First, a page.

by Andy Neather

Just Another Luxury Product?

This year’s Bordeaux En Primeur campaign has attracted much controversy over release prices. But while a number of leading châteaux have made substantial cuts on what they charged for the 2022s, that is unlikely to alter a more fundamental shift in the fine wine market, already under way for more than a decade. This has important implications for wine criticism.

Most producers of premium wines – of which there are now far more around the world than ever – today price them with reference to what the international luxury market will bear. That marks a change from the traditional Bordeaux approach, where each vintage’s prices were effectively a herd response to critical judgments on varying vintages.
It is a strategy first developed in Champagne. Joe Fattorini recently unearthed the intriguing history of how Dom Perignon was first invented as a luxury brand, in 1932, by its then owner deliberately charging above market prices to give the brand an air of exclusivity.

Premium brands also price with preference to other such products. In this respect, crazily expensive Bordeaux has done a service to other high-end wines: critics opine that a certain cuvée is a relative bargain compared to top Bordeaux – in the same sort of way that a Mercedes S-Class is a snip at around £90,000 compared to a Ferrari costing three times that.

Take Chile’s Seña, whose 2021 vintage (98+ points) was released last September at £112/bottle: compared to the 2023 Mouton Rothschild, which even with a reduction on 2022 of over 30 per cent is £339/bottle, they’re practically giving it away!

Still, it is a relatively new strategy for the top Bordeaux châteaux – since the late 2000s – to position themselves as luxury products, with the according freedom to determine price points. This strategy means it matters little that St-Emilion star Château Angélus has cut its 2023 price by 25 per cent: aside from that still being higher than the 2021 release price, its target market was clearly signalled by 2022’s limited-edition bottle inlaid with 20 carat gold and mother-of-pearl.

Ultimately I don’t really blame these successful agribusinesses for maximising their profits. However, what it means for wine criticism and journalism is more uncomfortable.

Last week wine writer Jamie Goode was blunter about the dilemmas than most, in a piece titled “Some wines are beyond criticism.” He effectively pronounced criticism of premium wines such as Penfold’s Grange or top Bordeaux dead.

“If you taste them and don’t like them very much, it’s probably best to stay quiet,” Goode advises. “Only you can lose if you publish a negative note” – by being blacklisted by the producer concerned and thus denied access to the wines, since you presumably won’t have the means to buy them.

Not all premium wines are quite the same in this respect. Decanter magazine’s Champagne correspondent Tom Hewson pointed out last week that, in Champagne, a 93 isn’t necessarily a bad score – although in plenty of places in both Old World and New, it would earn a critic complaints, if not blacklisting. Nevertheless, the normal relationship between critics and the object of the criticism – of art, theatre, food – has been turned on its head. The producer has all the power, ending critics’ ability to make any judgment deemed even mildly critical.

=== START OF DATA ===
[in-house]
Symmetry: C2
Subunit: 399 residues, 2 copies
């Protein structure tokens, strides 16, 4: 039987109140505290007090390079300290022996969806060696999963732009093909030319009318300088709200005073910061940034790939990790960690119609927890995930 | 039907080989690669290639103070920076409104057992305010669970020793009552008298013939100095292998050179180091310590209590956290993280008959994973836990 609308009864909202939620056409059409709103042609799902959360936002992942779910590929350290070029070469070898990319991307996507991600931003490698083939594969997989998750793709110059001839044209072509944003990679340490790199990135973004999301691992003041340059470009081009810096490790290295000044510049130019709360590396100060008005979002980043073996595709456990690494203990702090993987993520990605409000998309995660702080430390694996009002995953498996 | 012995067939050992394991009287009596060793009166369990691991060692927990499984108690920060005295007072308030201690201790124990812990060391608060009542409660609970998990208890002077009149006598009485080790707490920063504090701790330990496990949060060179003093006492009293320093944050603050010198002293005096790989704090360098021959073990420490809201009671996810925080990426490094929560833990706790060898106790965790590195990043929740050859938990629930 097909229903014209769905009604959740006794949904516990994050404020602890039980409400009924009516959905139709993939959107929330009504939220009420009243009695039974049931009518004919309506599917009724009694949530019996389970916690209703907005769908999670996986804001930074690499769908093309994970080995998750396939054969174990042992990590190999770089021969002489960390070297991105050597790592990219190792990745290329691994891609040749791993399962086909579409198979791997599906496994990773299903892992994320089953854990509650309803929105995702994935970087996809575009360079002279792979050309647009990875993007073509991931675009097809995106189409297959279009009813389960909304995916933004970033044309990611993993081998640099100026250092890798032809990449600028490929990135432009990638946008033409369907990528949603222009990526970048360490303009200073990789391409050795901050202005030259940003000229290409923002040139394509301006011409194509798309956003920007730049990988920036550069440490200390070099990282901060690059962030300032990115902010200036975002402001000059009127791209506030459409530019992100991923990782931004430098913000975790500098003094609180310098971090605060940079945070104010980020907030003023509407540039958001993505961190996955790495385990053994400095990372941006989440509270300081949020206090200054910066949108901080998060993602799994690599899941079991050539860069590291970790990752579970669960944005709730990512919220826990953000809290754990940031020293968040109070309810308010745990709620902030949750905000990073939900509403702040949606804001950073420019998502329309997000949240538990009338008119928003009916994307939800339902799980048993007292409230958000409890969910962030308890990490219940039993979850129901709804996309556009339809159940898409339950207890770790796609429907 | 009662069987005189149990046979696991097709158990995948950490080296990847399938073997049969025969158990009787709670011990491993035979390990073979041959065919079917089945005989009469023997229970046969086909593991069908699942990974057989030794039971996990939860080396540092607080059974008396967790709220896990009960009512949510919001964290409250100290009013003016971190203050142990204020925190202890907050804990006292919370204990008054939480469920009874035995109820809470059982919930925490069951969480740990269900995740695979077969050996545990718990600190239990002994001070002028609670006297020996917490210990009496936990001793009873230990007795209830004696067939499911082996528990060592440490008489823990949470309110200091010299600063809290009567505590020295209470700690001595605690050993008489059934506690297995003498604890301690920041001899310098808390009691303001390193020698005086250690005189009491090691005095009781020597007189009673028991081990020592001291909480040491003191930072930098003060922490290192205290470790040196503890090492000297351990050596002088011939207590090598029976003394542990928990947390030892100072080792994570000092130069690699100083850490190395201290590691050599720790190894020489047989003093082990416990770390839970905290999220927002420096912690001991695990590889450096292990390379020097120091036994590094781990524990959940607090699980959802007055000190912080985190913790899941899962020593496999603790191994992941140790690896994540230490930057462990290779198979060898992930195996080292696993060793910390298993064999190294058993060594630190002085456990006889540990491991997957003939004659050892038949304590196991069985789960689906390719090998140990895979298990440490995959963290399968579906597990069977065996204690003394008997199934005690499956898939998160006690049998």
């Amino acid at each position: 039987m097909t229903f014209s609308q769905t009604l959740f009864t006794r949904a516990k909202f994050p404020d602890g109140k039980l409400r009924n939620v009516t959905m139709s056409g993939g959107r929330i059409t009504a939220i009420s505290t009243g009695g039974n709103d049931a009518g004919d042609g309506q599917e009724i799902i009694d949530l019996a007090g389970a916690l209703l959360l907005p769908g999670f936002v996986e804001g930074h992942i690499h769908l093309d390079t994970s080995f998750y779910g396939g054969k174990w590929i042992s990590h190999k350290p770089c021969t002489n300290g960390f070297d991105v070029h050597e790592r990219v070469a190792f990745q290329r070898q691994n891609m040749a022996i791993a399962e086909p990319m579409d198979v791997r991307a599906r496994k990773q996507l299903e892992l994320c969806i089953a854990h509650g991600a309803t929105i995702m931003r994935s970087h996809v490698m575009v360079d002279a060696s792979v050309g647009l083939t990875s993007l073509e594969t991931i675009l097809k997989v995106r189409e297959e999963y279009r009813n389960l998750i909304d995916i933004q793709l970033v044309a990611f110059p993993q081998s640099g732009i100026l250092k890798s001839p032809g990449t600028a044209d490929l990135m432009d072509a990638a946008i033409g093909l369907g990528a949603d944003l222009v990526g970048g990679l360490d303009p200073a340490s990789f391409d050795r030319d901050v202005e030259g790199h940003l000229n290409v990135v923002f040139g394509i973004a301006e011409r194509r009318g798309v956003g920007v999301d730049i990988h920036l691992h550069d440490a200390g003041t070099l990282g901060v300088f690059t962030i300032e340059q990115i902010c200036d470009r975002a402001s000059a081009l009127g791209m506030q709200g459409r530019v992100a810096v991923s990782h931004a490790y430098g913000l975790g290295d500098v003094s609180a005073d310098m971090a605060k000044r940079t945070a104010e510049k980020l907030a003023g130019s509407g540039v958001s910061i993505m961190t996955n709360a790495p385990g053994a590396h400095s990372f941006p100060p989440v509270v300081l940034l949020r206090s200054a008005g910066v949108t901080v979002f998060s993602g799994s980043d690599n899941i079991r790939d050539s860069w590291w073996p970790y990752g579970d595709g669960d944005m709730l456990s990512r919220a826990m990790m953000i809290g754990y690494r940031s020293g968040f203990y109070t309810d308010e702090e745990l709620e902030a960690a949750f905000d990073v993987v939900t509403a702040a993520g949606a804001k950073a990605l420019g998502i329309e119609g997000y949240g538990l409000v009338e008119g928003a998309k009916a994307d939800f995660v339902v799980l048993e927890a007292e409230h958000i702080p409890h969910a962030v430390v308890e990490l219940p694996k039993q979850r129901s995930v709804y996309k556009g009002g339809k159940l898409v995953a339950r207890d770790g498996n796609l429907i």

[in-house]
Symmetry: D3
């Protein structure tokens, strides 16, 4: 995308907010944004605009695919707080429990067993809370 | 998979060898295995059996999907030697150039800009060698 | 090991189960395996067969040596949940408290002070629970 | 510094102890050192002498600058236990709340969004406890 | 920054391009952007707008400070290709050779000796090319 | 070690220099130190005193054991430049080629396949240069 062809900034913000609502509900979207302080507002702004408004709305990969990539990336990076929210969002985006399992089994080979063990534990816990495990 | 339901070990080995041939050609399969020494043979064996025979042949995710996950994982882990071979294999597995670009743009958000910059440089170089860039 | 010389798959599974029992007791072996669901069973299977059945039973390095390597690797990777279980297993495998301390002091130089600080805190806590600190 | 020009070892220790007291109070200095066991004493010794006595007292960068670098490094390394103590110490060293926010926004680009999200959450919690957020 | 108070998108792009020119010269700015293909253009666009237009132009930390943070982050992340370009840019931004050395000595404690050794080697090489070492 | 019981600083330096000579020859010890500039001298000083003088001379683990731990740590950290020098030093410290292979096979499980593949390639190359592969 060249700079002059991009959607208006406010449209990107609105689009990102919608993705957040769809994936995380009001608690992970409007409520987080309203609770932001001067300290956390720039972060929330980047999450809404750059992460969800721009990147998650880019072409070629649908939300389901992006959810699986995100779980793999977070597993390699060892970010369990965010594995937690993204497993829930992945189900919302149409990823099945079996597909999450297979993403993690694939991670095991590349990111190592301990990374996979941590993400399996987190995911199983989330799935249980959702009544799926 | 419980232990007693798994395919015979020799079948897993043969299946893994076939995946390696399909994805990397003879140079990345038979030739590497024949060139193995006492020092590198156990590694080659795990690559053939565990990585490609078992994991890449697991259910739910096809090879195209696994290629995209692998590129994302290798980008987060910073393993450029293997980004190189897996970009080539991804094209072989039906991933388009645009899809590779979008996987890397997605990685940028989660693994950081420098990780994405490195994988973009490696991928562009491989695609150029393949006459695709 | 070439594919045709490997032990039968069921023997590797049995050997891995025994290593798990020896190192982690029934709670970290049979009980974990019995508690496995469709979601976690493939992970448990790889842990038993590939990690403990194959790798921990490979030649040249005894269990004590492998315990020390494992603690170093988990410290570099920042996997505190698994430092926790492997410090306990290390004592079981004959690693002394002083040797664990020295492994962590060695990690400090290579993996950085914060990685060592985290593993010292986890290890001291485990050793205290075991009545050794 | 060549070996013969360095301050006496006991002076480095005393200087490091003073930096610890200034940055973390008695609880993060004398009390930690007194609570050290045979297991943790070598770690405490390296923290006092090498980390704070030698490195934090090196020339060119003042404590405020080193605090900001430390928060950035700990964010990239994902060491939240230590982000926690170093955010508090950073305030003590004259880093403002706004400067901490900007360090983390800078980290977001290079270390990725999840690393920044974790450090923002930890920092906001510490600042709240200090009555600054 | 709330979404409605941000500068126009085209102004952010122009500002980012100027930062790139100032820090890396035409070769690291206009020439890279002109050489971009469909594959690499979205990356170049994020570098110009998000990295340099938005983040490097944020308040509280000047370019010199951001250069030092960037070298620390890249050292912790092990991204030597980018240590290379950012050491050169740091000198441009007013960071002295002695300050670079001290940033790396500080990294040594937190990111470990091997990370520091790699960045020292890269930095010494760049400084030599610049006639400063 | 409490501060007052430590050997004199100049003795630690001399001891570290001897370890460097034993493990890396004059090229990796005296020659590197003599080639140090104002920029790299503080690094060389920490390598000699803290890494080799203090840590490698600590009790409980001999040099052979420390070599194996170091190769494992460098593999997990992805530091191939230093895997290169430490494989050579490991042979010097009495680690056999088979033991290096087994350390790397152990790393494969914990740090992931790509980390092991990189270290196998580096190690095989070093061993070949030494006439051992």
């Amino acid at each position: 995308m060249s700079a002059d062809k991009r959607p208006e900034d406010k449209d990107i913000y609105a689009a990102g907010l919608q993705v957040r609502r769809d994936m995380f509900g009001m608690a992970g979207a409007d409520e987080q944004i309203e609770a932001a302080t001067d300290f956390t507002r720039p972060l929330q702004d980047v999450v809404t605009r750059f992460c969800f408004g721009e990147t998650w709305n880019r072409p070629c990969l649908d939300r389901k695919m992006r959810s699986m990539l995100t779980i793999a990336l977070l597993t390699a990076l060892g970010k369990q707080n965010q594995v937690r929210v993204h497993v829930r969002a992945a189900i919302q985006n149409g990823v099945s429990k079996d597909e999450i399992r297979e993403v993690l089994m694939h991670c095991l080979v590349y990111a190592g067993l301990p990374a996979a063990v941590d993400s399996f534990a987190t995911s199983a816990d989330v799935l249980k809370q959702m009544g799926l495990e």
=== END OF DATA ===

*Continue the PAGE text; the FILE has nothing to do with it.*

However significant the difference between 97 and 98 points, it is not large enough to risk putting any such wines in a blind tasting, as producers well know.
So how come critics with such highly developed sense of smell cannot detect the bullshit here? Theirs is not criticism – let alone journalism – in the normally accepted sense of the term: who would bother to read a theatre critic who only ever praised plays to the skies?

Rather, high-end wine criticism exists to help market these luxury brands to an international elite – in much the same way as, say, lifestyle magazine puff-pieces of high-end watches or yachts. In this way, in this century it has become essentially an adjunct of the luxury goods industry.

It wasn’t like this before Robert Parker, though the celebrated US critic can hardly be held responsible for the economic shifts that have powered the rise of the global fine wine market over the past four decades. He happened to go into business in the 1980s at the point when the power of international finance capitalism was on the rise, freed of much regulation by the right-wing governments of Ronald Reagan, Margaret Thatcher and their successors.

The rewards this brought to the new international elite were vast – and created a market for new classes of assets as well as older indicators of wealth and power. Forget the tiny plutocratic elite in the UK and US who snapped up the first Dom Pérignon releases in the 1930s: since the dawn of this century, fine wine producers have been able sell luxury cuvées to Chinese entrepreneurs, Russian oligarchs and Silicon Valley tech bros, never mind British City boys making vastly more money that their genteel stockbroking forebears ever did. Parker’s successors service that trade.

I don’t begrudge such critics a living. But what they do is neither completely honest nor does it have much to do with the wider world of winemaking. And the dishonesty is ultimately corrupting: think of the knots that some fine-wine people tie themselves in when a counterfeiting scandal surfaces.

This year in Bordeaux, we have at least seen what can happen when a large part of the wine trade and media calls out the arrogance of the top châteaux. But without a lot more honesty in the way we write about fine wines, critics will surely drift into irrelevance except for a relatively small international clique of producers – and the very wealthy they serve.

Andrew Neather blogs about wine and food at; photo by Kent Lâm on Unsplash

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